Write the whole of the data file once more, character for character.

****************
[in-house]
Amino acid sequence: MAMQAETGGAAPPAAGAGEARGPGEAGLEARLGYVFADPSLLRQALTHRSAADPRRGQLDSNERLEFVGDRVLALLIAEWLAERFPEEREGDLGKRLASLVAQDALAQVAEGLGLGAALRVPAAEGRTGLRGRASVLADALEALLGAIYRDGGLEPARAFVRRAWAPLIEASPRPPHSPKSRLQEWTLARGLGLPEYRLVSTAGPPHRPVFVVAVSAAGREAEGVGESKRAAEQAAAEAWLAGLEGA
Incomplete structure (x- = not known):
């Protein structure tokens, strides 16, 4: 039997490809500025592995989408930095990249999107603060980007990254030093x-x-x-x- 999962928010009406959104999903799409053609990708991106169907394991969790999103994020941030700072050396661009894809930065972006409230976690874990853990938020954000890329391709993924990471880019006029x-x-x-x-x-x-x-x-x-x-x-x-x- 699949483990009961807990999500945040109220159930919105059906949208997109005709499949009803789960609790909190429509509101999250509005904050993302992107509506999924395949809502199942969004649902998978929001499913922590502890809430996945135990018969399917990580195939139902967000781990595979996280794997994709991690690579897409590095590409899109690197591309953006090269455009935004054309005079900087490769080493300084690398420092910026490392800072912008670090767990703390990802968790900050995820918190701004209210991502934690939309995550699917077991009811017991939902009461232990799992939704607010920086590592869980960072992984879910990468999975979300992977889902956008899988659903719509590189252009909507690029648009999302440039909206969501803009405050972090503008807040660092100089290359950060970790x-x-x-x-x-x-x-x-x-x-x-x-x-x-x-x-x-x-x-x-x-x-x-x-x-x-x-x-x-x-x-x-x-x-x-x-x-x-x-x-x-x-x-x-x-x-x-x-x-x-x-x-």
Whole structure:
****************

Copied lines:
[in-house]
Amino acid sequence: MAMQAETGGAAPPAAGAGEARGPGEAGLEARLGYVFADPSLLRQALTHRSAADPRRGQLDSNERLEFVGDRVLALLIAEWLAERFPEEREGDLGKRLASLVAQDALAQVAEGLGLGAALRVPAAEGRTGLRGRASVLADALEALLGAIYRDGGLEPARAFVRRAWAPLIEASPRPPHSPKSRLQEWTLARGLGLPEYRLVSTAGPPHRPVFVVAVSAAGREAEGVGESKRAAEQAAAEAWLAGLEGA
Incomplete structure (x- = not known):
């Protein structure tokens, strides 16, 4: 039997490809500025592995989408930095990249999107603060980007990254030093x-x-x-x- 999962928010009406959104999903799409053609990708991106169907394991969790999103994020941030700072050396661009894809930065972006409230976690874990853990938020954000890329391709993924990471880019006029x-x-x-x-x-x-x-x-x-x-x-x-x- 699949483990009961807990999500945040109220159930919105059906949208997109005709499949009803789960609790909190429509509101999250509005904050993302992107509506999924395949809502199942969004649902998978929001499913922590502890809430996945135990018969399917990580195939139902967000781990595979996280794997994709991690690579897409590095590409899109690197591309953006090269455009935004054309005079900087490769080493300084690398420092910026490392800072912008670090767990703390990802968790900050995820918190701004209210991502934690939309995550699917077991009811017991939902009461232990799992939704607010920086590592869980960072992984879910990468999975979300992977889902956008899988659903719509590189252009909507690029648009999302440039909206969501803009405050972090503008807040660092100089290359950060970790x-x-x-x-x-x-x-x-x-x-x-x-x-x-x-x-x-x-x-x-x-x-x-x-x-x-x-x-x-x-x-x-x-x-x-x-x-x-x-x-x-x-x-x-x-x-x-x-x-x-x-x-």
Whole structure: